I heard the story this way: One evening a man was taking a stroll down the sidewalk in his neighborhood. As he walked along, all of a sudden a rubber ball bounced over a fence and landed at his feet. He picked it up as a little girl came running toward him and stuck out her hand, obviously wanting her ball back. Trying to prompt the girl to say “Please” or “Thank You” he said, “Well, what’s the magic word?” With a frown on her face, the child shouted, “Now!”
We witness this story every day. We live this every day. We are the culture of gratification, not the culture of gratitude. Fast food is the norm. Internet speeds are never fast enough. Amazon now offers same-day delivery in large cities. Same-day delivery! And life at breakneck speed is taking its toll on our entire population. We know there are no easy solutions for such complex challenges, but we also know that small changes add up to big differences—changes like more sleep, families eating together, saying no to work and yes to time with family and friends. Sabbath rest was great idea in Genesis and it’s still a great idea!
It’s easy, even comfortable, to condemn the larger culture and its shortcomings. It’s much more daring, however, to say, “I’m going change. I’m going live differently. I’m going to make a difference—today.”
It’s one thing to feel or express more gratitude, but the biblical challenge is downright outrageous. What does gratitude mean from a Christian perspective? One verse that imagines the possibilities of such living is I Thessalonians 5:18. Translators keep trying to capture the audacious notion of such extreme gratitude:
“Whatever happens, keep thanking God…”
“Give thanks in every situation…”
“Be thankful in all circumstances…”
“Give thanks, whatever happens…”
The Christian experiment isn’t just to feel gratitude; it’s to feel gratitude no matter what. Every situation? All circumstances? Whatever happens? It’s born out of a trust that God is present and God cares. It’s grounded on a confidence that there is more to life than my instant gratification. It’s based on a knowledge that I don’t have to feel happy every moment, and that struggle may actually turn out to be a good thing, or even a God thing. But such living has to be intentional and practiced. Do we trust God enough to try such extravagant faith? Most days, I confess, I do not. But today, this day, can be different.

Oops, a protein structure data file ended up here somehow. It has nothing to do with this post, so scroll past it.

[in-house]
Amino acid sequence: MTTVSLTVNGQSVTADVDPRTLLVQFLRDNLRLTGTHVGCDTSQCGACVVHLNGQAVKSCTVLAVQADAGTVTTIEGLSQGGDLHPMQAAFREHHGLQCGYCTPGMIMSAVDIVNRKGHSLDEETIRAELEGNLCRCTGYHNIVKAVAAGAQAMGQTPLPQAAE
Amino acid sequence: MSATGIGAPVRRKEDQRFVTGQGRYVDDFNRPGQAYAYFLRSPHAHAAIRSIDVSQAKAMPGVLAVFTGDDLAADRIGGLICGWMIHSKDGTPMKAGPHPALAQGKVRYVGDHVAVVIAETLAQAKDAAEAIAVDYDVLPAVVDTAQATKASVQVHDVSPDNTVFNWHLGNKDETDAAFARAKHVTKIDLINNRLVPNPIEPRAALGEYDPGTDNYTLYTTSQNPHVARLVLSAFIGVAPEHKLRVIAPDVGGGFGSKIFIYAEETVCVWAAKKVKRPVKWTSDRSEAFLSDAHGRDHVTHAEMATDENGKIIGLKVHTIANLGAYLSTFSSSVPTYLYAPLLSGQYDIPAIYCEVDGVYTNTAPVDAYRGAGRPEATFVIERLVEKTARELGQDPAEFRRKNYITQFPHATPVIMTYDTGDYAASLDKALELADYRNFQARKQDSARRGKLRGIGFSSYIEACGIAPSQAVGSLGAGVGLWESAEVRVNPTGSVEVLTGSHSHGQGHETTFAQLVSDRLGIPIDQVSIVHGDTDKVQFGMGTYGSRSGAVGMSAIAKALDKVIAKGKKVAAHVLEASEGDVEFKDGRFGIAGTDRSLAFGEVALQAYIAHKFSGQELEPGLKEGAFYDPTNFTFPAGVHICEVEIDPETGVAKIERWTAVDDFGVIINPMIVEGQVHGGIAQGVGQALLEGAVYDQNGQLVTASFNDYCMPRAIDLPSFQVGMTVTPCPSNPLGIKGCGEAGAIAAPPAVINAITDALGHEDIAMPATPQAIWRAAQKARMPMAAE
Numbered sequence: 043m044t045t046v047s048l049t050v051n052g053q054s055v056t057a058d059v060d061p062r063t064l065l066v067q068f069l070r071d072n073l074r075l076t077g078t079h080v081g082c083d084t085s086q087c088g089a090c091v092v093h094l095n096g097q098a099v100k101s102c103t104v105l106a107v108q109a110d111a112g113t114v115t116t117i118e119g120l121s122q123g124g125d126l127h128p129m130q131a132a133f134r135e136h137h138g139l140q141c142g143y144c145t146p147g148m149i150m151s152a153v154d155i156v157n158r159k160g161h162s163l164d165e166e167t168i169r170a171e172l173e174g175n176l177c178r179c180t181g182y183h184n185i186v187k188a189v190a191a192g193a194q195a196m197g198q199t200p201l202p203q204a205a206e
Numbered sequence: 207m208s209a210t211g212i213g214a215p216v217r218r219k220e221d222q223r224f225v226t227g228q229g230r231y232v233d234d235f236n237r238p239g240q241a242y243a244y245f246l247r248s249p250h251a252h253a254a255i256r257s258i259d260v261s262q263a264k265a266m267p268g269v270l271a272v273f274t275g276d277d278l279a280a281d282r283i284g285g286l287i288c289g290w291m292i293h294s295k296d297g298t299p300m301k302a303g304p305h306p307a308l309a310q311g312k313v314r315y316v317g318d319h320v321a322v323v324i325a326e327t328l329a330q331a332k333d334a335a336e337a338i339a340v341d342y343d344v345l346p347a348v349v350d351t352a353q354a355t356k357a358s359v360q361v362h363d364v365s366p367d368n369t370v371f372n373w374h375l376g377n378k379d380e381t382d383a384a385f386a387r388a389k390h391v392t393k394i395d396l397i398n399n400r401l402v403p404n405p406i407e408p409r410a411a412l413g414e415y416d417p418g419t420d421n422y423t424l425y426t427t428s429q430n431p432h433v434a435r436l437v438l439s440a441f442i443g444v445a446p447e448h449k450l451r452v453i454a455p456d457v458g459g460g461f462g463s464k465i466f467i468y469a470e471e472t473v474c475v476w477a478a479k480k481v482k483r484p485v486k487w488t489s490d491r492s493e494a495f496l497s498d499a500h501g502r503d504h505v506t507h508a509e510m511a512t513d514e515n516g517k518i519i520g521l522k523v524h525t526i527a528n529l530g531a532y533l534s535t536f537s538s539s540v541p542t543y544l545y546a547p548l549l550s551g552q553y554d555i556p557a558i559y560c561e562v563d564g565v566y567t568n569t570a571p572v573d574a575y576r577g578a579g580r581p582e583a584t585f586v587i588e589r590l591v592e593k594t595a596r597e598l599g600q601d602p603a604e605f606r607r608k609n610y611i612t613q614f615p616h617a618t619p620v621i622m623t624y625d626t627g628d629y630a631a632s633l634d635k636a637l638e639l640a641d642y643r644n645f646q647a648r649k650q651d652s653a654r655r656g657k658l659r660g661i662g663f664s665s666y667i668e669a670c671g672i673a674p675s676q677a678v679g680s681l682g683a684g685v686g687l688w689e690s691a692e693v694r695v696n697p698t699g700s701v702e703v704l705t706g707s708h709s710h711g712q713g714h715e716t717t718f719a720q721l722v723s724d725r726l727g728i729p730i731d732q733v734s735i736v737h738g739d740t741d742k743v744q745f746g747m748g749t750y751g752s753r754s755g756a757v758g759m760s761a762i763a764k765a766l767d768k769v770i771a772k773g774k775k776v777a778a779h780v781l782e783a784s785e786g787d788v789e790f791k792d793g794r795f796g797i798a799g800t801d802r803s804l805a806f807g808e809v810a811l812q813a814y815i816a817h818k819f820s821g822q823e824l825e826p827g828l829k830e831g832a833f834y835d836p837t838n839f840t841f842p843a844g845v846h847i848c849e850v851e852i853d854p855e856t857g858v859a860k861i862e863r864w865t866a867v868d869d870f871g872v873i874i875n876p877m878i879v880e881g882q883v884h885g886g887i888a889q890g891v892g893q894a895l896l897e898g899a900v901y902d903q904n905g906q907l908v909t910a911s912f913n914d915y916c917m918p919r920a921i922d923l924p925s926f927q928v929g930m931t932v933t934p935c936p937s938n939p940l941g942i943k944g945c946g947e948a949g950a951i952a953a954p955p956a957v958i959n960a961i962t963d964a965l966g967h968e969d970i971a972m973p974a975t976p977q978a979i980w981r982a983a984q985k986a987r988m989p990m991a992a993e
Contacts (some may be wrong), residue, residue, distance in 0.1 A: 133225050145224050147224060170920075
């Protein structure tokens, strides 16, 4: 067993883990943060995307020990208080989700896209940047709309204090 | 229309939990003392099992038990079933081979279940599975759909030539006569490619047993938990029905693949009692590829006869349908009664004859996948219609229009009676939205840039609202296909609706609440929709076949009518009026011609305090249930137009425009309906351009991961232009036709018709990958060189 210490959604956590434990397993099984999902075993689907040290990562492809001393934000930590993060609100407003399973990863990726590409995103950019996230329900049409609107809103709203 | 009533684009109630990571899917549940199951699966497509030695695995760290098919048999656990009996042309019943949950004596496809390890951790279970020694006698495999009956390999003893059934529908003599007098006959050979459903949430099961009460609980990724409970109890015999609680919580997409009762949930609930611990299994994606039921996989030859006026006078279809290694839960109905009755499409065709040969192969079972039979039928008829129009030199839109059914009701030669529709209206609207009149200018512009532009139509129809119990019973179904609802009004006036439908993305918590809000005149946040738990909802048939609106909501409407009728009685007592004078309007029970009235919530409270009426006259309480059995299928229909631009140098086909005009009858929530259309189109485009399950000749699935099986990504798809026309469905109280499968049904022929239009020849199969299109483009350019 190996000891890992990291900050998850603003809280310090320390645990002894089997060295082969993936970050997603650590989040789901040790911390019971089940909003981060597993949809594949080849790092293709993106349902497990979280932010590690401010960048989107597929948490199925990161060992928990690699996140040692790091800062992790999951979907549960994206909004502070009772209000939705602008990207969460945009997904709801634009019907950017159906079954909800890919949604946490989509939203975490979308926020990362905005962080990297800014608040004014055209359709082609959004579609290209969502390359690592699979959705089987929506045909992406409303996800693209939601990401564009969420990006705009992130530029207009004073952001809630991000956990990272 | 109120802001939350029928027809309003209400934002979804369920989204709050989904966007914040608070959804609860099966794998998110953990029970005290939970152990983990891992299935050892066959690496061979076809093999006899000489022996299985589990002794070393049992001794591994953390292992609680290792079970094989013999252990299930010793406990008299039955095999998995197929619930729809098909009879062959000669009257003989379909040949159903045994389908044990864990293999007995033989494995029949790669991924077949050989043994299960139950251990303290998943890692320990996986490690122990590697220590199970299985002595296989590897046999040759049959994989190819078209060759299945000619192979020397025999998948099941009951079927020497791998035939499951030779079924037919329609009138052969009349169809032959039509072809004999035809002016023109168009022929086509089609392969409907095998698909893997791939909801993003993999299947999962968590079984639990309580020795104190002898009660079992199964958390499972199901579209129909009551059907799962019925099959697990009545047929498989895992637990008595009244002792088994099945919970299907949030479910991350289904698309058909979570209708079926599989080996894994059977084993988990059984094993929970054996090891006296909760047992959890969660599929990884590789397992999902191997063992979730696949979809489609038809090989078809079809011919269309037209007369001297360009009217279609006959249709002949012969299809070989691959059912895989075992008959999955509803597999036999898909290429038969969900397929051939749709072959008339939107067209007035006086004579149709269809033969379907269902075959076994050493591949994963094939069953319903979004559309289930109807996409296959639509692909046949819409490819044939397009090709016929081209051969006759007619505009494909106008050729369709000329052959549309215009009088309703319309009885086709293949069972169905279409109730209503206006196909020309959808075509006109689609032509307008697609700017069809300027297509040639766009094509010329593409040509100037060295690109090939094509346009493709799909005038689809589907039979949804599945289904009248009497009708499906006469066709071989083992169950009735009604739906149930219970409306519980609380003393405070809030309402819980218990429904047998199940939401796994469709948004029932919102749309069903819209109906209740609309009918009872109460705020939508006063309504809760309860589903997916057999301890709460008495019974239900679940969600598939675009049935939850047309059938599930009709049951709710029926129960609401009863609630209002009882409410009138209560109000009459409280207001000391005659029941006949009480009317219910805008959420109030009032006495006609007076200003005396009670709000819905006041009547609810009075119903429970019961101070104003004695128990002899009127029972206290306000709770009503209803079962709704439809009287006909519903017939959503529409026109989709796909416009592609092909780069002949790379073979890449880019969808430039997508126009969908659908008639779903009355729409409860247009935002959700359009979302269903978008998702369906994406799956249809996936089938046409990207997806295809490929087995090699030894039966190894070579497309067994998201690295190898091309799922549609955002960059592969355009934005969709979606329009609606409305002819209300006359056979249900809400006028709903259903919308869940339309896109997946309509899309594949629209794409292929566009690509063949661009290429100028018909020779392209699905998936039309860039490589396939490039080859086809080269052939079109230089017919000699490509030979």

It begins with internal conversations. How do I respond when no one else is around? How do I react when I don’t feel instant gratification? Am I only willing to explore positive, happy feelings, or can I allow my humanness to explore and learn from difficulty, disappointment, and even pain? For those of us who are parents, there’s also the issue of modeling. What is my child learning from me? Gratification or Gratitude? Shallowness or Depth? Discipleship or Selfishness? Fear or Confidence? Anxiety or Peace? Anger or Compassion?
I suspect the Apostle Paul knew that particular line would be shocking when the people of Thessalonica first read it. After all, that kind of faithfulness begins by focusing not on one’s fears, but on what already prompts feelings of gratitude. There’s an old spiritual discipline of listing one’s blessings, naming them before God, and then giving thanks. What’s your list right now? Stuff? People? Institutions? Spiritual matters? “I am grateful for….”
Not a bad way to begin and end the day.
Gladys Stern (better known as G. B. Stern) was born in London, England, in 1890. Author of many novels, short stories, plays, memoirs, and biographies, she wrote her first novel at the age of twenty and then continued to write a novel every year for most of her adult life, until her death in 1973. Incredible. She once wrote, “Silent gratitude isn’t much use to anyone.” I think I understand. Be grateful and tell someone.